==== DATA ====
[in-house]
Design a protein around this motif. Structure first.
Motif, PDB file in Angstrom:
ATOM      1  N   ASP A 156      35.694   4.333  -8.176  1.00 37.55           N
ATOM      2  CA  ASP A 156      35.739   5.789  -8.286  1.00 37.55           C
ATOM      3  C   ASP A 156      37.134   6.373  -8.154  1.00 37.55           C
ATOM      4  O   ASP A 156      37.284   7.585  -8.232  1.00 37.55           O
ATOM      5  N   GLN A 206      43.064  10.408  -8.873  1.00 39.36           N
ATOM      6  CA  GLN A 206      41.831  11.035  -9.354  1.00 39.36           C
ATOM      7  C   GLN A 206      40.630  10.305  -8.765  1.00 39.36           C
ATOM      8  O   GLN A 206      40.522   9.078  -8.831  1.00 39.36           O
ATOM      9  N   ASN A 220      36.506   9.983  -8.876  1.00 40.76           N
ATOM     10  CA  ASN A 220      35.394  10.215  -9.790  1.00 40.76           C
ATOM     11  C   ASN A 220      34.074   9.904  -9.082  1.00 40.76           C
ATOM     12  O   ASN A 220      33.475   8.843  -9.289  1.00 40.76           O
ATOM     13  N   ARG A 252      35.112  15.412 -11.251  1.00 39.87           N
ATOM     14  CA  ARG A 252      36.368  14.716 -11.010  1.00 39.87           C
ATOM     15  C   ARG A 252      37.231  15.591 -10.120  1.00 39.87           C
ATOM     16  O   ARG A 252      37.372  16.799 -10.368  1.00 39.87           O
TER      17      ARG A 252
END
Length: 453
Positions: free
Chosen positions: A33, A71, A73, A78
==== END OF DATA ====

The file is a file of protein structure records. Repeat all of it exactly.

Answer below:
[in-house]
Design a protein around this motif. Structure first.
Motif, PDB file in Angstrom:
ATOM      1  N   ASP A 156      35.694   4.333  -8.176  1.00 37.55           N
ATOM      2  CA  ASP A 156      35.739   5.789  -8.286  1.00 37.55           C
ATOM      3  C   ASP A 156      37.134   6.373  -8.154  1.00 37.55           C
ATOM      4  O   ASP A 156      37.284   7.585  -8.232  1.00 37.55           O
ATOM      5  N   GLN A 206      43.064  10.408  -8.873  1.00 39.36           N
ATOM      6  CA  GLN A 206      41.831  11.035  -9.354  1.00 39.36           C
ATOM      7  C   GLN A 206      40.630  10.305  -8.765  1.00 39.36           C
ATOM      8  O   GLN A 206      40.522   9.078  -8.831  1.00 39.36           O
ATOM      9  N   ASN A 220      36.506   9.983  -8.876  1.00 40.76           N
ATOM     10  CA  ASN A 220      35.394  10.215  -9.790  1.00 40.76           C
ATOM     11  C   ASN A 220      34.074   9.904  -9.082  1.00 40.76           C
ATOM     12  O   ASN A 220      33.475   8.843  -9.289  1.00 40.76           O
ATOM     13  N   ARG A 252      35.112  15.412 -11.251  1.00 39.87           N
ATOM     14  CA  ARG A 252      36.368  14.716 -11.010  1.00 39.87           C
ATOM     15  C   ARG A 252      37.231  15.591 -10.120  1.00 39.87           C
ATOM     16  O   ARG A 252      37.372  16.799 -10.368  1.00 39.87           O
TER      17      ARG A 252
END
Length: 453
Positions: free
Chosen positions: A33, A71, A73, A78